Exploratory data analysis (EDA) is a fundamental approach for understanding and reasoning about a dataset in which analysts essentially run mental experiments, asking questions and (re)forming and testing hypotheses. To this end, analysts derive insights from the data by iteratively computing and visualizing correlations, outliers, empirical distribution and density functions, clusters, and so on.
Although the capabilities of EDA tools continue to improve, most tools often require the user to manually select among data attributes, decide which statistical computations to apply, and specify mappings between visual encoding variables and either the raw data or the computational summaries. This task can be daunting for large datasets having millions of data items and hundreds or thousands of data attributes per item, especially for typical users who have limited time and limited skills in statistics and data visualization. Even experienced analysts face cognitive barriers in this setting. As discussed in[8, 10], limitations on our working memory can cause large complex data to be overwhelming regardless of expertise, and our tendency to fit evidence to existing expectations and schemas of thought make it hard to explore insights in an unbiased and rigorous manner. Thus people typically fail both to focus on the most pertinent evidence and to attend sufficiently to the disconfirmation of hypotheses . Time pressures and data overload work against the analyst’s ability to rigorously follow effective methods for generating, managing, and evaluating hypotheses.
Foresight: We attack this problem by introducing Foresight, a system that facilitates rapid discovery of visual insights from large, high-dimensional datasets. Foresight enables users to jump-start the exploration process from automatically recommended visualizations, and then gives them increasing control over the exploration process as familiarity with the data increases. The resulting efficiency in insight generation can save users time and dramatically improve their productivity, thereby expanding the depth and breadth of generated hypotheses. Our approach, in which insights are recommended according to objective criteria, also helps the analyst focus more attention on evidence that is highly diagnostic for, or disconfirming to, current hypotheses.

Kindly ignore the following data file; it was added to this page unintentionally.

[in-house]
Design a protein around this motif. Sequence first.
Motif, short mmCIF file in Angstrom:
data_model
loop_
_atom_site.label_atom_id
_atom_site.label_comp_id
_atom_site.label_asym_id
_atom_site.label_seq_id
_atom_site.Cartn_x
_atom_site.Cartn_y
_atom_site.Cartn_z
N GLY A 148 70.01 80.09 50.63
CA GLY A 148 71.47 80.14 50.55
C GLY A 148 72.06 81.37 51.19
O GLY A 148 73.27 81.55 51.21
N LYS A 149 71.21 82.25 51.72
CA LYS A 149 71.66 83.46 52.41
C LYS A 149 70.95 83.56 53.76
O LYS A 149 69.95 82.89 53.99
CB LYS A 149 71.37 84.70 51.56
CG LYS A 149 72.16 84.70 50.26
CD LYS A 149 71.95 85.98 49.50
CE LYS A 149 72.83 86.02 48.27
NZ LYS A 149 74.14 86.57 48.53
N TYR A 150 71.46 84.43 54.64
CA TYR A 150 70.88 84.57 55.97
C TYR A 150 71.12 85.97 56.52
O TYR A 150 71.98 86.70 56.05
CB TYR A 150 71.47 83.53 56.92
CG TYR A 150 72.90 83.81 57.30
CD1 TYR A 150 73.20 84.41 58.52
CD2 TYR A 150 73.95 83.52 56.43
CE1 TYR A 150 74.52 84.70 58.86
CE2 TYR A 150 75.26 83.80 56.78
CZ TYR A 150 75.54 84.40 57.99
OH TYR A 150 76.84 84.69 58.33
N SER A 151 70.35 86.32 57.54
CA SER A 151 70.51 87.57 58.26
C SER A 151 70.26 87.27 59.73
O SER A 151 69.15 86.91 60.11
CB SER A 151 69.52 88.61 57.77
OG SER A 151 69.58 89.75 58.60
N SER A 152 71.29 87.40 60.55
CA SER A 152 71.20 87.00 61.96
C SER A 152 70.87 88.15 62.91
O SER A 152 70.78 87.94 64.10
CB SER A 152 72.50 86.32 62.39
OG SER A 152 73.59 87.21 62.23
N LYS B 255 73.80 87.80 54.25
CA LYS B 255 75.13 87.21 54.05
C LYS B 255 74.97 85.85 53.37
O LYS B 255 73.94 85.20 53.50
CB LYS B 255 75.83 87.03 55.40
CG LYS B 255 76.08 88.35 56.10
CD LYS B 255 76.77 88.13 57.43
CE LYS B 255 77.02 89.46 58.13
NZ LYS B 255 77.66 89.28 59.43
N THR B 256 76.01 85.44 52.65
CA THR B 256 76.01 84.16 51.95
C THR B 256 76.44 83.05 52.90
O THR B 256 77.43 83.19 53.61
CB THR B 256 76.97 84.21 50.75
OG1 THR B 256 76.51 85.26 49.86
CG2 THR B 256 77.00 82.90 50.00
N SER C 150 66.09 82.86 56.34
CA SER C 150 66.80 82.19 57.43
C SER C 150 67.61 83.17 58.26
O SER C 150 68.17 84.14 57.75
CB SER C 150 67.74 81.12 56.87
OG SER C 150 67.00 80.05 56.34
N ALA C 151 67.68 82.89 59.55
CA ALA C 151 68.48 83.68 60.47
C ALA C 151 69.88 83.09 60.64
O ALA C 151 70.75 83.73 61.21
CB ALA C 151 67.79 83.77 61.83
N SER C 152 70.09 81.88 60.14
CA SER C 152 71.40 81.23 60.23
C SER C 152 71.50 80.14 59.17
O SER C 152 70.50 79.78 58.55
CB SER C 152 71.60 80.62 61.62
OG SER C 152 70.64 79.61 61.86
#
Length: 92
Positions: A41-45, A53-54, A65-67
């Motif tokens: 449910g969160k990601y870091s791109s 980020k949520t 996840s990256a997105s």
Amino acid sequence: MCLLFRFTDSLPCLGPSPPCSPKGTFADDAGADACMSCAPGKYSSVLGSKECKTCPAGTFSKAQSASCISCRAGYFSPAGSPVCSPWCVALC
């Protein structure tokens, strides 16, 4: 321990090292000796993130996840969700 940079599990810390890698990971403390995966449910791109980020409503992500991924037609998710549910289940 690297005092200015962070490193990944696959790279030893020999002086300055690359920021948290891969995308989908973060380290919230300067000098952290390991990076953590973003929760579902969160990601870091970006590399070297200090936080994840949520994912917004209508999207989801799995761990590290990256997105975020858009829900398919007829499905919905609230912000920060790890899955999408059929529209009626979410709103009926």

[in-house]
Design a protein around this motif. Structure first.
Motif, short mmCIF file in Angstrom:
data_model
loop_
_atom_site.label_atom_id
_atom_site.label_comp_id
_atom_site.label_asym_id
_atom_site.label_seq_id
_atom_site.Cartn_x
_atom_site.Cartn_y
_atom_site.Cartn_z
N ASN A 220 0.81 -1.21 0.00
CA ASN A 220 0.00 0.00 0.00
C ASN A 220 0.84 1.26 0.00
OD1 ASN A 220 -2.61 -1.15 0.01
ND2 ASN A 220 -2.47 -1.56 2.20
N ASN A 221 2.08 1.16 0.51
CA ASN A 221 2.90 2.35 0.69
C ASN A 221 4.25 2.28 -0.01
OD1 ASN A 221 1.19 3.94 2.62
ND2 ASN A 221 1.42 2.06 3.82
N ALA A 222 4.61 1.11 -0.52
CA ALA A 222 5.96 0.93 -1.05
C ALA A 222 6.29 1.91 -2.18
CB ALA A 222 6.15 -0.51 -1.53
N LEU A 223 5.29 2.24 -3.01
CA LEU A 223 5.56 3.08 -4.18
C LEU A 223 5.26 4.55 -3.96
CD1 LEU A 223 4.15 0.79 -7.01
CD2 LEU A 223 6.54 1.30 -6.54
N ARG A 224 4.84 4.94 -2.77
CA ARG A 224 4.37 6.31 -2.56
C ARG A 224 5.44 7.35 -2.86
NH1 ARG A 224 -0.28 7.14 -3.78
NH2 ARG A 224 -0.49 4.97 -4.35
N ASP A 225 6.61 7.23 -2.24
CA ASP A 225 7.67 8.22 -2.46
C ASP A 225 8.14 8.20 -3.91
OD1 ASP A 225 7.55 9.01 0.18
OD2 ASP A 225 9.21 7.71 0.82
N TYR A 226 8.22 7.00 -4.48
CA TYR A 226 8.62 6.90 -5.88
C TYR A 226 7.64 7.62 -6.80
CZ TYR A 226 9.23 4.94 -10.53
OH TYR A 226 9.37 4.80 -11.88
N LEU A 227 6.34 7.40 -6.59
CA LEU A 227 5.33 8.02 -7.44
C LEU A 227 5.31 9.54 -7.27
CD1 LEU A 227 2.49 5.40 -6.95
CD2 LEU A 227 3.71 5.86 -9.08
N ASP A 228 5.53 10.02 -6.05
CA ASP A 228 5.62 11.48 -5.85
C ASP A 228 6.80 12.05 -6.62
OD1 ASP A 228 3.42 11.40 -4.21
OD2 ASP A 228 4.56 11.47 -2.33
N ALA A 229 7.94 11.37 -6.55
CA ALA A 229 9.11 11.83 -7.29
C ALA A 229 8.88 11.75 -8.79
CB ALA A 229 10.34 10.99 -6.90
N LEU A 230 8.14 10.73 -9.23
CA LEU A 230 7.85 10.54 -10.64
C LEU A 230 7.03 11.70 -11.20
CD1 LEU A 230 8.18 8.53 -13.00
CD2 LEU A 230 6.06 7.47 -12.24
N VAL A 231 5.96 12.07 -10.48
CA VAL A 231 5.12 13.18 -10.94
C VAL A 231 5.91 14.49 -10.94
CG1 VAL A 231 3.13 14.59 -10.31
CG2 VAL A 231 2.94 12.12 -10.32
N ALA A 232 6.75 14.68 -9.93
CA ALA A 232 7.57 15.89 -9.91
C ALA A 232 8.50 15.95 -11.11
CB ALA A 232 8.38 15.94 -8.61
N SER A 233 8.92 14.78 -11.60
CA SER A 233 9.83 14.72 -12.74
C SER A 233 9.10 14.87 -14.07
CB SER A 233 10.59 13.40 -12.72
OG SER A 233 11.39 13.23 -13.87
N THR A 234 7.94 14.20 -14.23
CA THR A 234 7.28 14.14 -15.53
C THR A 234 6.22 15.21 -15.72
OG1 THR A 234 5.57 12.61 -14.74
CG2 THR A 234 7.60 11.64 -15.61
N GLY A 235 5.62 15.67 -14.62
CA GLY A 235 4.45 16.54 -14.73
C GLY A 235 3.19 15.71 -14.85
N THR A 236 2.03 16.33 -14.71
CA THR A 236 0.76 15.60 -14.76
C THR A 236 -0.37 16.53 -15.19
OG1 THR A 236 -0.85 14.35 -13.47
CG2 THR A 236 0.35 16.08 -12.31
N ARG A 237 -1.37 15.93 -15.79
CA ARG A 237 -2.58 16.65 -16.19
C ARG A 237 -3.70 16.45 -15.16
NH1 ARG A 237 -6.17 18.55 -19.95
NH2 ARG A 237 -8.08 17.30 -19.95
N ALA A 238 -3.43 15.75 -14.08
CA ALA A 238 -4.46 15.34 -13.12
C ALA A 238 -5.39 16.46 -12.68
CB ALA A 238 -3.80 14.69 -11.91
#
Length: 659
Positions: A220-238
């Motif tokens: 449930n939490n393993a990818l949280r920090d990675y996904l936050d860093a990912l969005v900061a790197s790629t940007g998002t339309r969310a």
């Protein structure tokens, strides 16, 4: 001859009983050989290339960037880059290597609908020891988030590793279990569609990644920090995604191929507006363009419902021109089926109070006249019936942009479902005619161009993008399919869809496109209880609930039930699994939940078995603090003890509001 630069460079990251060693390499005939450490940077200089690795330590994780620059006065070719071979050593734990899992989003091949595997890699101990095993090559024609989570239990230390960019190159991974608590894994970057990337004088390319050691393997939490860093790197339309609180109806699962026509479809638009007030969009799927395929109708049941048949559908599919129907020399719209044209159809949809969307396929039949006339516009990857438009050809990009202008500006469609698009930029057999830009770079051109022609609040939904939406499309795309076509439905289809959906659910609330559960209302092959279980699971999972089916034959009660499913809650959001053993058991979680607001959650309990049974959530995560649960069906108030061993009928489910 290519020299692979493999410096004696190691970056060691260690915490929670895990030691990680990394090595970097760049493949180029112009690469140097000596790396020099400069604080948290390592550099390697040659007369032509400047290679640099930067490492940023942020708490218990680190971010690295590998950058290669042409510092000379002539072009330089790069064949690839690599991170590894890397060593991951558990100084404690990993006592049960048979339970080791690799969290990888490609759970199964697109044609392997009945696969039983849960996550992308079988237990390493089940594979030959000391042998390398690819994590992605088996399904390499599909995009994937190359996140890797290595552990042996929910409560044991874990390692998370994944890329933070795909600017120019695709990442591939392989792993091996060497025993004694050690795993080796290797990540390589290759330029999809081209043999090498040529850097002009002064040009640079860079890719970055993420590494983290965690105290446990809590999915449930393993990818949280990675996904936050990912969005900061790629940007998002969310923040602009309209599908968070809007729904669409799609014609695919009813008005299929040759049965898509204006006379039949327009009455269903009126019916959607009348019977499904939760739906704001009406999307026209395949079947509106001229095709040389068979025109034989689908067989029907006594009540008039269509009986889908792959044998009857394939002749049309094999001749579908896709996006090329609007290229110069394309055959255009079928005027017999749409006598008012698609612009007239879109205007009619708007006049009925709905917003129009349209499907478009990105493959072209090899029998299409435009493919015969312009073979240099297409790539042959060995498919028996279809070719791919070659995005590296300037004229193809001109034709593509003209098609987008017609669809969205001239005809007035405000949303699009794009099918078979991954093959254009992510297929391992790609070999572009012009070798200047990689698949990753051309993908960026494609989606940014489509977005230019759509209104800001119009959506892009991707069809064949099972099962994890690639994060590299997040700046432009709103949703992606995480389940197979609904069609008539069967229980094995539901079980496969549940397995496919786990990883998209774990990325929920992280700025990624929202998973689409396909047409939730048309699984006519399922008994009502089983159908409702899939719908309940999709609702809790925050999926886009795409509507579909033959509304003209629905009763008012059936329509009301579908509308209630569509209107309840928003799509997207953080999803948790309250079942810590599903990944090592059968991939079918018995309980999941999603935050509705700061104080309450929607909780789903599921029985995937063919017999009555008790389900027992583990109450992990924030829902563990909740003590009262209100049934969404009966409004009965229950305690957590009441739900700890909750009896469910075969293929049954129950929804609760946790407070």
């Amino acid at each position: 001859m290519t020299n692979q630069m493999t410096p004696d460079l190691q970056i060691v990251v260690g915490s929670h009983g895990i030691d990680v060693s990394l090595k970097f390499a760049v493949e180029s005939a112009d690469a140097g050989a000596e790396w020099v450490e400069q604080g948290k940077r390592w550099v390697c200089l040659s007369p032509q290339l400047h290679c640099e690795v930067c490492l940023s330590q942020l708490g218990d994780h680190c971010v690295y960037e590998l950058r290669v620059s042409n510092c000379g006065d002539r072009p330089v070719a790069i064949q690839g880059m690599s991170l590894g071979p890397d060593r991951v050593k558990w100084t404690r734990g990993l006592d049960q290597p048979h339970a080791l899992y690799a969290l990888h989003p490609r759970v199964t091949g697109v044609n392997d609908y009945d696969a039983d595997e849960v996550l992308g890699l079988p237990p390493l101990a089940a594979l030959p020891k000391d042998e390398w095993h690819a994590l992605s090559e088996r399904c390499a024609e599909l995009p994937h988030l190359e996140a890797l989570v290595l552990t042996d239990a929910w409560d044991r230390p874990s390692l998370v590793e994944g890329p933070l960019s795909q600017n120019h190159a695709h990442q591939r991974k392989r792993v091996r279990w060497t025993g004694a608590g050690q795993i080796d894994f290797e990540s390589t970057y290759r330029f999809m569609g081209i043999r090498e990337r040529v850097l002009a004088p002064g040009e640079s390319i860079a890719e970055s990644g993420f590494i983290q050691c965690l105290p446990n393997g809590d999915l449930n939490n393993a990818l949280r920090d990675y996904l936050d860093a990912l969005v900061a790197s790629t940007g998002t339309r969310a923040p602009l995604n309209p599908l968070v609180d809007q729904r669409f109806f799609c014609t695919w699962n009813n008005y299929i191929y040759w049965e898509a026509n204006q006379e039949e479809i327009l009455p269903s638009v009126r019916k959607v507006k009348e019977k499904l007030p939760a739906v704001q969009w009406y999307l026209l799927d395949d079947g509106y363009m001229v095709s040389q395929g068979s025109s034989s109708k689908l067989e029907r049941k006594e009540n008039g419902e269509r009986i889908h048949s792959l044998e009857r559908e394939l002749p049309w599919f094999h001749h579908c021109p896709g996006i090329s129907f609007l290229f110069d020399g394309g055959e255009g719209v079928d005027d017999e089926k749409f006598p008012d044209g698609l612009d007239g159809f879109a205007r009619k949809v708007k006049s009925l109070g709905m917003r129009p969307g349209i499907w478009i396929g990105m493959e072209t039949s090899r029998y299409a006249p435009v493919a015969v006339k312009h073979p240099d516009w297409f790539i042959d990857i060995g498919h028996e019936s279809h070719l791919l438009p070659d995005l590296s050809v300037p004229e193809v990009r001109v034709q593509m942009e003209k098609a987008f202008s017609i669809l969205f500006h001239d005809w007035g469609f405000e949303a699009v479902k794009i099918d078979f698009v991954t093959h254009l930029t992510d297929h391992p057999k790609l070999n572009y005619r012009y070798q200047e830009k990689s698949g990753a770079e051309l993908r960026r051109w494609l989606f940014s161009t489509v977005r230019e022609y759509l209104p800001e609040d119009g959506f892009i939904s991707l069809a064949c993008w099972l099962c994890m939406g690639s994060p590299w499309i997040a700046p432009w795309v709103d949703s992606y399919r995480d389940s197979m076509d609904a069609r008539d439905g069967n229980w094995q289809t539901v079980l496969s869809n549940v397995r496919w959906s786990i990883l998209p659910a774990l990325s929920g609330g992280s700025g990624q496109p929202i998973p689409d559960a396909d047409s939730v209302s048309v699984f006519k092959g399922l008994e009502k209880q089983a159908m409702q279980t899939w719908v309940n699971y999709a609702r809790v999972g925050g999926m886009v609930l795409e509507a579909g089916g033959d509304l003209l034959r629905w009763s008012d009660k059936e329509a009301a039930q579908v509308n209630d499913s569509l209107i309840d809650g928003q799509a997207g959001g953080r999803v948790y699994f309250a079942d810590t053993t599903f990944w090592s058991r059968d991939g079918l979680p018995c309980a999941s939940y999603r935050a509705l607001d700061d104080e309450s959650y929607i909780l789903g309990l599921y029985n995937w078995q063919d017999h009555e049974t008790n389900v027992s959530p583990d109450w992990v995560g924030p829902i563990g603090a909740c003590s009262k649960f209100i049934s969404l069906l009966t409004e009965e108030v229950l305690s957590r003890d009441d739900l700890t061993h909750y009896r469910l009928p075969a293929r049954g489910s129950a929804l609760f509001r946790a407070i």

Exploring Insight Space: The key idea is to focus directly on exploring the space of insights rather than the usual space of data dimensions and visual encodings, as in recent visualization recommendation systems (e.g., [9, 12]). We build on ideas from prior research and commercial systems on automated and intelligent analytics (e.g., [1, 2, 11]). Examples of insights include a high linear correlation between attributes and , high concentration about the mean of -values, the presence of extreme -value outliers, a strong clustering of -values according to -values, and so on. Associated with each class of insight are one or more strength metrics that allow ranking—e.g., the Pearson correlation coefficient to measure the strength of a linear correlation—as well as one or more visualization methods. As discussed in Section 2, the metrics impose a structure on insights that can be leveraged for exploration via insight queries. Given an unfamiliar, complex dataset, the user can select one or more preliminary insights to investigate; in this first, open-ended stage of exploration, Foresight visualizes the strongest examples of each insight. Using an iterative procedure, the user can dive deeper into an insight class during a second level of exploration by adding constraints on the data attributes considered or on the values of the strength metric. Finally, each insight can optionally support a third level of exploration by providing an overview visualization to help orient the user and ensure that the exploration process is thorough.
Sketching: We use approximation techniques to achieve interactive performance for insight queries. Specifically, the dataset is preprocessed to compute sketches, samples, and indexes that will support fast approximate insight querying. Importantly, we exploit the composability of certain types of sketches to answer a broad range of insight queries.
Overall, Foresight contributes (i) a novel framework of insights, insight metrics, insight visualizations and insight classes, (ii) sketch composition for fast approximate computation of insight metrics and visualizations, and (iii) an exploration engine for recommending and selecting insights that satisfy user-specified constraints on strength and data attributes.
Here we first describe the basic concepts of queries on insight space and then introduce the specific insights used in Foresight.
2.1 Querying Insight Space
The input data to Foresight is a matrix , where each row represents one of data items and each column represents one of the attributes of an item. In this work, we assume the data has been pre-cleaned. In general, the insights provided by Foresight might reveal additional, more subtle data problems that require further cleaning, e.g., a strong correlation that makes no real-world sense.
We define an insight as a strong manifestation of a distributional property of the data, such as strong correlation, tight clustering, low dispersion, and so on. We focus throughout on insights involving the marginal distribution of one, two, or three attributes (Figure 1).